Friday, May 1, 2015

Queen of Sparta by T. S. Chaudhry

The Queen of Sparta
Author T.S. Chaudhry offers a new spin on Spartan history in his novel, THE QUEEN OF SPARTA. In the book, Queen Gorgo, the wife of the courageous Spartan leader, Leonidas, surreptitiously organizes the Greek resistance against the invasion of the mighty Persian king, Xerxes, and his massive army. Although founded on the writings of historian, Herodotus, Chaudhry’s revision of the 480 B.C. invasion challenges readers to imagine the brilliant and politically savvy Queen Gorgo as the Spartan leader who wielded her power with stealth and cunning to end the Persian occupation of Greece.

Gorgo devises a strategy using espionage and diplomacy, in addition to Sparta’s military might, to defeat the Persians and drive them out of Greece. During the last battle of the war, Prince Sherzada, a Saka, is captured while fighting on the Persian side. He is imprisoned by Gorgo, who has vowed to kill him. However, an unexpected alliance blooms between Gorgo and Sherzada, based on common perceptions and a shared dark secret. As allies, the queen and prince face new dangers from within Sparta that threaten the safety of Gorgo and her young son, the king.

As the story progresses, Queen Gorgo must choose between confronting the reactionary forces within Sparta directly or saving her life and the life of her child.


I do not like signing up for book tours, only to dislike the book, especially when I'm sent a paperback copy. Unfortunately, I did not like this one much...for a couple of reasons. As a result, this review is no longer part of the tour and I'm posting it on my own time.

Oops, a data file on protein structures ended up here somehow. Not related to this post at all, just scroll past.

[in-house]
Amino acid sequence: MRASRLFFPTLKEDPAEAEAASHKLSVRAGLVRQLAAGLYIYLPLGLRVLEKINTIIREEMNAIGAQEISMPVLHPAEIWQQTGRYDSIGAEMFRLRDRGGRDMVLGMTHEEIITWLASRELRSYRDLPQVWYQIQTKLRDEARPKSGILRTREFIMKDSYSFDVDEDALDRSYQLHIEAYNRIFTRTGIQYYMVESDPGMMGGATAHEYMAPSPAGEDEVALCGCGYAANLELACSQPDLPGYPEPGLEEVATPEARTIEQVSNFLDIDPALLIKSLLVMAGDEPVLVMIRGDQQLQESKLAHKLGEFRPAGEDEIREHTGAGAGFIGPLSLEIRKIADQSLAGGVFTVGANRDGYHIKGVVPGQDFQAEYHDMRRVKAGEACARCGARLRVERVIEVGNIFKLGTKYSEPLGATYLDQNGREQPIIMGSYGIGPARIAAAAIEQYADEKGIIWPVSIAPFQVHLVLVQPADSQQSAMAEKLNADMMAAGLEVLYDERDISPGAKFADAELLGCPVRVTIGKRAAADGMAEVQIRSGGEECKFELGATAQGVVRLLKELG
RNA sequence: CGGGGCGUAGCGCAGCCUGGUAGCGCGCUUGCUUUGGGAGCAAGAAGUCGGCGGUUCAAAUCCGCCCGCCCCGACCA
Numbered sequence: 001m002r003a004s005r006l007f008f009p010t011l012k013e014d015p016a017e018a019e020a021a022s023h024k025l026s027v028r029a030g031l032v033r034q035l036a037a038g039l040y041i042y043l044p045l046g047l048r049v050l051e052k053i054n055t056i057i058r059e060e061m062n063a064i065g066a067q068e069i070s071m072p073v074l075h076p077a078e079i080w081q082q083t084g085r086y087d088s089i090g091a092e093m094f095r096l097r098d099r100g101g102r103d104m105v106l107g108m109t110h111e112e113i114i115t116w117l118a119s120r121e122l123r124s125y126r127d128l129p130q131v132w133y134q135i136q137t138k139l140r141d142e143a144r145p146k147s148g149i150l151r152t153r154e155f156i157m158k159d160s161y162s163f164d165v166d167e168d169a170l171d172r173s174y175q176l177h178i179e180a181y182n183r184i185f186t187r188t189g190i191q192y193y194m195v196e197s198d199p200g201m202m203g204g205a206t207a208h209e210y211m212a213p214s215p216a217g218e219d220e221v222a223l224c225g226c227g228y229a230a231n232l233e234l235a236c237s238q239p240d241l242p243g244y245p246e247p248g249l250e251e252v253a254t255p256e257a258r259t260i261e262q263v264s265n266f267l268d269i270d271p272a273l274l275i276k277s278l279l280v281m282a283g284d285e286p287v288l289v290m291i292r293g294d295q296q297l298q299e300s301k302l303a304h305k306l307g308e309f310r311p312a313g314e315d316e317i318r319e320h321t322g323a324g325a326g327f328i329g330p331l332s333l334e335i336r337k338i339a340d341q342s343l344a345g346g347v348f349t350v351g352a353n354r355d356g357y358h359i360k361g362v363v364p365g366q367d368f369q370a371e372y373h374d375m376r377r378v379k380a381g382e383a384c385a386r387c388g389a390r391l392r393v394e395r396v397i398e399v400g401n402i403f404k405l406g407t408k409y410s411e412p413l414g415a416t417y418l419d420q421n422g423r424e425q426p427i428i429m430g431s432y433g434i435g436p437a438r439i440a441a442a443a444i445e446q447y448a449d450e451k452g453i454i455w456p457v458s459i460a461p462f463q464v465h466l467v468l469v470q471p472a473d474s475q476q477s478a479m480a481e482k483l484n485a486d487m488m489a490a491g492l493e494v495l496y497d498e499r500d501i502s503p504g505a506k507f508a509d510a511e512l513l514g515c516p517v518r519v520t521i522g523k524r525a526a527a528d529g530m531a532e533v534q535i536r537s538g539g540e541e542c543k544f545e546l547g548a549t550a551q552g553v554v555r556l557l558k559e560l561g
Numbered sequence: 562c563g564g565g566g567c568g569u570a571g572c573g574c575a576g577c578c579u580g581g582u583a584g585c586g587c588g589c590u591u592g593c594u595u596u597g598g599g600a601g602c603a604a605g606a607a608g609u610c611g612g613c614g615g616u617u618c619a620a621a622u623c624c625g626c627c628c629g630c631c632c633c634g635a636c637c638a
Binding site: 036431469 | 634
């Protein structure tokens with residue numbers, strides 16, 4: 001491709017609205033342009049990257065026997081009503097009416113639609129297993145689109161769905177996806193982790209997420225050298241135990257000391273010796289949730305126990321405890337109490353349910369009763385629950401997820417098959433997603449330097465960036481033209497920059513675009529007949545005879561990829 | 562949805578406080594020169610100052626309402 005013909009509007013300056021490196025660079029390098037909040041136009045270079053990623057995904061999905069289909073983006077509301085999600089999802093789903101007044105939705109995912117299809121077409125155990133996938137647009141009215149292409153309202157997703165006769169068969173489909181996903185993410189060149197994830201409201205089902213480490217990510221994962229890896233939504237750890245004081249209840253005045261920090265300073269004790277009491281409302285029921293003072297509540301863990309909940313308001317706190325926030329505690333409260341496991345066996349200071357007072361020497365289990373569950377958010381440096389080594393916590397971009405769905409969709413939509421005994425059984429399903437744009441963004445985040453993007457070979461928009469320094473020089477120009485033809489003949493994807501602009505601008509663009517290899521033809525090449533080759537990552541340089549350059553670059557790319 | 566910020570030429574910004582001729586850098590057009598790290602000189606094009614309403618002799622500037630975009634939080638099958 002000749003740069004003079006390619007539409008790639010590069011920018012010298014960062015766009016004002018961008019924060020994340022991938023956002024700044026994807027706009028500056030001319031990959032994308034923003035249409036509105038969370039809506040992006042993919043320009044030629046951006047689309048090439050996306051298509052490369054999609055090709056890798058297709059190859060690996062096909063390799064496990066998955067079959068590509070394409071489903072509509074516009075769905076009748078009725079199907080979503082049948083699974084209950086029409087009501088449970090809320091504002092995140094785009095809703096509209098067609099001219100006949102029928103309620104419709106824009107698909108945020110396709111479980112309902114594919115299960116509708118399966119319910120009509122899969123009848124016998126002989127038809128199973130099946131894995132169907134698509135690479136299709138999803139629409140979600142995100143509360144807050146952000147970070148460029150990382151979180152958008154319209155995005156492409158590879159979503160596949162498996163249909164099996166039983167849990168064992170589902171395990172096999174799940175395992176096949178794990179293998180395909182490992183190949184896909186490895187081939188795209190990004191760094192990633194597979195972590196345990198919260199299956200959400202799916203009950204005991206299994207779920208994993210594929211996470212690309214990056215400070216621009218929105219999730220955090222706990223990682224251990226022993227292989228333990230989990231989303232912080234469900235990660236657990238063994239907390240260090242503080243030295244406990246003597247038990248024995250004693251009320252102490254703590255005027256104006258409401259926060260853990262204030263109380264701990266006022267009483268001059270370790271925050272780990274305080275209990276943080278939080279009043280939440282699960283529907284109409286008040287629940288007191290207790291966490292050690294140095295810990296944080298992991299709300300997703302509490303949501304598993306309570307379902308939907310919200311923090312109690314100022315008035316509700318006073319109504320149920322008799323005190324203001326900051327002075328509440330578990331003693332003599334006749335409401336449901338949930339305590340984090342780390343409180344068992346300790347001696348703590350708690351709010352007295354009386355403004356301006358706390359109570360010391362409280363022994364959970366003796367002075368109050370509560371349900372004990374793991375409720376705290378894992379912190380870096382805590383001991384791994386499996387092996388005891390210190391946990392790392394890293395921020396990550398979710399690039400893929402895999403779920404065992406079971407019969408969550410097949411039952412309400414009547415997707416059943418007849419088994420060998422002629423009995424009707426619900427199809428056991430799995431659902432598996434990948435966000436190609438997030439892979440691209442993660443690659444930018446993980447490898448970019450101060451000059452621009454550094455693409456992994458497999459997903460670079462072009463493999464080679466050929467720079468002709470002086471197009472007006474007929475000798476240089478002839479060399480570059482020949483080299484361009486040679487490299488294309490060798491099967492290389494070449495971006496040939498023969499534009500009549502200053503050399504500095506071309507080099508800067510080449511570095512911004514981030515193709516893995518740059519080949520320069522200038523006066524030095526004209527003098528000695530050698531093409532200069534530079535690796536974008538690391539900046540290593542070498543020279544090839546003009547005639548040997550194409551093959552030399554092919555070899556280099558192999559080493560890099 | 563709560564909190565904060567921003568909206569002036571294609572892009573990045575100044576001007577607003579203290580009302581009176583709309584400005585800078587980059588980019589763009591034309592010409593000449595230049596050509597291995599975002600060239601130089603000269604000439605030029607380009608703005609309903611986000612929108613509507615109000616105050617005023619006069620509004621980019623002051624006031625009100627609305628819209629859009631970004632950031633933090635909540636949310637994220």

-The blurb makes it sound like a novel about Gorgo, this amazing warrior queen. And she is amazing, what bits reside on her. Truth is, the story isn't about her but this never-ending battle. It's just battle after battle after battle, war strategy after strategy. I quickly grew bored and frustrated. I'm not into battle details.
-The parts featuring the awesome Gorgo time jump all over the place. The book starts in one setting, goes back a year (the main setting for the book), then it goes back three years, then back to the year before the beginning, then back ten months, then back to the year before and then back 11 years...
--I didn't like and couldn't care less about the Persian man's POV- Sherzada. That is all battle stuff.
--LOTS of telling, very little showing.

Conclusion: This isn't a novel about Gorgo, the amazing warrior queen, but a summary of battles between Spartans and Persians.

I'm thankful for the chance to read this though and sorry I didn't like it more.

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